The metro spat me out at an obscure badly lit stop on the red line named Tiz Hazari. It’s named after one of the largest district courts in Asia. The Tiz Hazari Court complex boasts 400 courtrooms and a staggering 50,000 visitors a day.
I’d been told on the phone by Vikas Travels that the bus to Jodhpur left from behind it (or “backside” as they say, which still makes me giggle), so I made my way around the imposing colony of buildings, passed rows of 4 by 4 feet stalls, each with a single wooden bench opposite a desk and chair, above which hung signs that read things like ‘PV Singh. Advocate.’
On exiting the “backside” gate of the court grounds, I found myself in a murky puddled street cluttered with bicycle rickshaws and a few dingy storefronts selling mostly kaney (chewing tobacco), gum and cigarettes. I didn’t have an address, just a rough location the agent had given me – “backside courthouse”. I called the number and had one of those baffling conversations that you begin to get used to in India after a while.
“I’m at the backside of the courthouse. Where are you?”
“Yes, but where is office?”
“Yes, I’m backside courthouse. Do I go left or right?”
“Do you have ticket?”
“Yes, I have ticket.”
consults with someone, then comes back on the phone.
“Yes, but where are you exactly?”
I was standing outside a petrol station mulling over whether to go left or right. A black sedan churned up a spray of mud onto my trouser legs. I went right. After a few yards, I spotted the Vikas Travels sign on the opposite side of a crossroads, where a bus was being loaded with luggage. Things were looking up. ‘Office’ was a bit of a stretch. Beneath the sign, an open storefront and formica lift-up counter, behind which two men were noisily conducting business. They looked surprised to see me. I confirmed my ticket and took in my surroundings.
It was a street cum freight yard illuminated only by an intermittent bare bulb. I’d got there early on purpose as I didn’t know the area and wanted to be sure of the pick up point before my bus arrived. I’d imagined relaxing with a book and a cappuccino while I waited. There was nowhere to sit, the light was too dim to read by anyway, and there wasn’t a café or restaurant in sight. The bus being loaded in front of me had most of its rear windows blown out. The body was scarred with dents and scrapes. I remembered what the nice-sounding manager of my hotel in Jodhpur had said after asking me which travel agent I’d booked with.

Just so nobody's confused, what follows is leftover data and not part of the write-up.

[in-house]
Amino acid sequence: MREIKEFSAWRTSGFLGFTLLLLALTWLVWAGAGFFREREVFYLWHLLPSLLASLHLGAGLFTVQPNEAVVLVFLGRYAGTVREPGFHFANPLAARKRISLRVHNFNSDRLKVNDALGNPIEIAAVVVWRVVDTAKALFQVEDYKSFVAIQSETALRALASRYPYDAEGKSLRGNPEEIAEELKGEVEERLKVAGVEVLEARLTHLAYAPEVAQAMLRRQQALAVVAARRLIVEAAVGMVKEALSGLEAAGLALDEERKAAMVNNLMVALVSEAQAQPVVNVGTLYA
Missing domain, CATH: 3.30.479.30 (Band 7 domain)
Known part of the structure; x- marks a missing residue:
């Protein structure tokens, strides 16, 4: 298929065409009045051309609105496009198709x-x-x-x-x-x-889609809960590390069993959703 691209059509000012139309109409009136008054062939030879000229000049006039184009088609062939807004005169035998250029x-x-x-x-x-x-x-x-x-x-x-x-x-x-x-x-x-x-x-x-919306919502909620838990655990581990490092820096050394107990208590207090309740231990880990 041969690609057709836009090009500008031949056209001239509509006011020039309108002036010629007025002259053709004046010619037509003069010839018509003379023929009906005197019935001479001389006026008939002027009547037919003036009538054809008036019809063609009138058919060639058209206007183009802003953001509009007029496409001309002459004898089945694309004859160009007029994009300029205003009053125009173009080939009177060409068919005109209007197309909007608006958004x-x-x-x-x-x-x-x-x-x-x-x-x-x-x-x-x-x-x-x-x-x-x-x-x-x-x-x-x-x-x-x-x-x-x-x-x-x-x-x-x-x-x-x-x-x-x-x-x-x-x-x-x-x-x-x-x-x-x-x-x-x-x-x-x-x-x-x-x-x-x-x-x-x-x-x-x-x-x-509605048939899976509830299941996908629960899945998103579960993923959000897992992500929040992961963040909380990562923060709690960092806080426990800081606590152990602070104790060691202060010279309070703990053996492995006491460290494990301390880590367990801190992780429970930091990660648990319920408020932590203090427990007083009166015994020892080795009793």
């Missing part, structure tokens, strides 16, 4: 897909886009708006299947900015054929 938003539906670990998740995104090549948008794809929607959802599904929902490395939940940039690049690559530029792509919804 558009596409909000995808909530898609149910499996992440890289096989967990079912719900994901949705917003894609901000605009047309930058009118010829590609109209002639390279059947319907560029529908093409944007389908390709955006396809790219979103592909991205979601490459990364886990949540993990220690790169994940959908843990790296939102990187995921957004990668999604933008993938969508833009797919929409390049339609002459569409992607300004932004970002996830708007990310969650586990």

“Rajastani tourism is notorious. I would strongly advise you, take the government Volvo bus instead.”
“But Vikas Travels say their buses are deluxe.”
“Madam,” he’d replied with an audible sigh. “They can say whatever they want.”
All around me, men in dark balaclavas and headscarves were pushing or pulling wooden carts through the streets, stacking up boxes and bulky burlap parcels. At first, they were too busy to notice me. But after the bus pulled out of the yard, fifty or so men stopped what they were doing, turned towards me – and stared. It was like I’d disturbed a colony of meerkats. Sex-starved meerkats!
Now, I’ve lived in India for five years. I’m used to attention. In Varanasi even septagenarian western women get propositioned. But this was different. Rationally, I knew I wasn’t in any immediate danger but my security felt precarious all the same. I looked down at the puddle by my feet, cursing my whiteness, sweaty hands clenched inside my pockets, my whole body crawling with that special vulnerability that only women can feel and only men can create.
I got on the phone and called a friend. “I’m not in a great location. Can you just talk to me for a while? I want to look busy.” He knew me well enough to get that I wasn’t being nervous for no reason and obliged by chatting about his ride on the metro. But the connection broke after only a few minutes. “Sorry” he texted, “went into a tunnel”.
There wasn’t a female in sight. I went to buy some chips, not because I was hungry, but just to move out of staring range. And there I saw one, behind the counter. A woman. She was brusque, squat-faced and short-tempered but to me she was a goddess. I wondered how much I’d have to pay her to come to Rajasthan with me. Returning to the bus, I found a place in the shadows, pulling my coat up around my ears, and trying not to make eye contact with anyone. In the dimness a pair of trousered legs stuck out from under a jumble of sacks a few inches away. “Oh my God,” I thought, “someone has died here and no one has even noticed!” I tried to untangle what I was actually seeing from my fears of the same. The torso was missing. The legs ended at the hips. A severed body? The escalation of my horror gave way to relief followed by a shadow of amusement when I comprehended that I was looking at the lower half of a manikin.
I called an Indian friend and tried to explain what was going on.
“I know it sounds stupid, but I’m having one of the most uncomfortable evenings of my life.”
“Where are you exactly?”
“Behind Tiz Hazare courthouse.”
“Just call me when you get on the bus.”
Clearly, there was something he wasn’t telling me.
“Wait. What? What’s going on?”
“If I tell you now it won’t help. Call me when you’re on the bus. Don’t worry, you’ll be fine. But don’t talk to anyone.”
Fifteen minutes later, my bus arrived. It looked quite a few notches down from deluxe but at least all the windows were in tact. I huddled into my seat next to the window. The seat adjustment lever didn’t work and the curtain was stuck and wouldn’t draw, but I didn’t care. Two or three women also boarded. I felt like kissing their feet. When we pulled out onto the main Delhi streets I called up my friend again.
“The place you were…”
“It’s a well-known red light district. The only women who go there are prostitutes.”
A mobile phone from the seat behind me began playing Santa Claus is Coming to Town.
“Get some sleep, Rebecca,” he said. “It’s going to be a long journey.”